Jennifer Laszlo Mizrahi is back in business on K Street, launching Laszlo Strategies this week.
She left the consulting world shortly after 9/11 and founded the Israel Project. Her new business will focus on advising nonprofits that serve people with disabilities.
“On Capitol Hill, they don’t get the serious reception that they deserve, given the important work that they’re doing,” she said of such nonprofit organizations. “There are vast numbers of Americans who have disabilities, and they’re not seen as a voting bloc as people talk about gun owners or pro-Israel or AARP.”
Laszlo Mizrahi said many of her former colleagues are joining her at the new firm. They include Robert Hockenberger, Denny Roberge, Michael Shannon, Mark Moskowitz, Murray Siegel and Tonya Koslo. The new team will also include Tom Fields-Meyer, Martin Irom, Norm Kurz, Charley Levine and Jason Epstein.
In addition to autism, Alzheimer’s disease and other disability groups, her clients likely will include foreign officials who are looking for political consulting in their own countries.
“I’m sure we’ll take other clients here and there, including some of my old clients,” she said. According to her firm’s website, past clients have included the American Cancer Society, the U.S. Chamber of Commerce, Motorola, Goldman Sachs, the AFL-CIO, former Russian President Boris Yeltsin and multiple Israeli prime ministers.
Before 9/11, Laszlo Mizrahi, a Democrat, was a frequent talking head on cable news shows and, she said, she often debated Republican Barbara Olson, who was killed when the plane she was in hit the Pentagon.
“9/11 was transformative for me,” Laszlo Mizrahi said. “I had a condo in Arlington. I could see the burning at the Pentagon.”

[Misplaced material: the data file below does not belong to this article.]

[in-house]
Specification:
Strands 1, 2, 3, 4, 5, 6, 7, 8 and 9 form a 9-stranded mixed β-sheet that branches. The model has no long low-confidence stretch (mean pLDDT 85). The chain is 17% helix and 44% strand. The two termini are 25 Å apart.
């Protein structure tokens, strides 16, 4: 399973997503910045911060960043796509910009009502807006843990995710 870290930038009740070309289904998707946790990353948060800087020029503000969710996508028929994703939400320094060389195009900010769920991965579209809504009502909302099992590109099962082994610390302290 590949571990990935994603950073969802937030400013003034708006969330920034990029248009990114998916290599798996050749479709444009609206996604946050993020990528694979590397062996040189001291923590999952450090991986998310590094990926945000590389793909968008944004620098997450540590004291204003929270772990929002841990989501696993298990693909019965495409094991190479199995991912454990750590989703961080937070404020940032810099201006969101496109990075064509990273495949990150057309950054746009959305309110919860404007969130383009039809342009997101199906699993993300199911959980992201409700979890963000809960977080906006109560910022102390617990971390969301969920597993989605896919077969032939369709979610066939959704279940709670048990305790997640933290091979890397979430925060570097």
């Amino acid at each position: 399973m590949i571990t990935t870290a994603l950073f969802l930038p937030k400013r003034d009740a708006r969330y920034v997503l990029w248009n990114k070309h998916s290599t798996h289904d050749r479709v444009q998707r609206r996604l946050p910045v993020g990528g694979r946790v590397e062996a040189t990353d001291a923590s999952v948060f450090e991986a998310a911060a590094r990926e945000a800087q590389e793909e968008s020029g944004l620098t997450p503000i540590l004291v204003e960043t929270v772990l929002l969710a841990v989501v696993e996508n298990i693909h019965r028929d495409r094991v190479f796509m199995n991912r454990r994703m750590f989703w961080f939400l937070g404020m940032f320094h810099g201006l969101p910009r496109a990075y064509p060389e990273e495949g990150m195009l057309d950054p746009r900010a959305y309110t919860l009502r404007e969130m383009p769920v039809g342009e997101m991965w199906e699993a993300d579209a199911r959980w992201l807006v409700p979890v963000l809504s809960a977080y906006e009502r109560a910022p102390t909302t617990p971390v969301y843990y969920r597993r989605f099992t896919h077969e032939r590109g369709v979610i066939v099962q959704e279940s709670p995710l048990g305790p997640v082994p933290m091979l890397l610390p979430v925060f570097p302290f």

She said the attacks compelled her to close Laszlo & Associates, her firm at the time, and change the focus of her work to “fighting terrorism by winning hearts and minds” with the Israel Project. She said that group now has 70 employees and an $11 million annual budget.
As for her new disability-focused practice, Laszlo Mizrahi said it was motivated in part because she is the parent of a special-needs child.
“And I’ve seen the government policies and how important they are to the success of children,” she said. “I’ve also seen that the U.S. has a budget crunch, and if we don’t do more early intervention, then it only drives up costs later.”
The Israel Project, meanwhile, has tapped its chief operating and financial officer Cathy Bolinger as its interim CEO, filling Laszlo Mizrahi’s role there.
Dawn Levy O’Donnell, a former tax counsel to Senate Finance Chairman Max Baucus (D-Mont.), has formed D Squared Tax Strategies and is teaming with another tax firm alliantgroup.
Dean Zerbe, alliantgroup’s national managing director and a former tax counsel on the GOP side, will work on clients together. Levy O’Donnell, who previously was with Cassidy & Associates, will serve on alliantgroup’s strategic advisory board.
Rep. Christopher H. Smith, R-N.J., left, David Goldman, center, and Arvind Chawdra right, attend a news conference in the Rayburn House Office Building on international child abduction. Goldman and Chawdra are fathers whose children were abducted by their mothers and taken abroad.
Each year since 1990, CQ Roll Call has reviewed the financial disclosures of all 541 senators, representatives and delegates to determine the 50 richest members of Congress. This year's report, derived from forms covering the calendar year 2012, shows it took a net worth of $6.67 million to crack the exclusive club.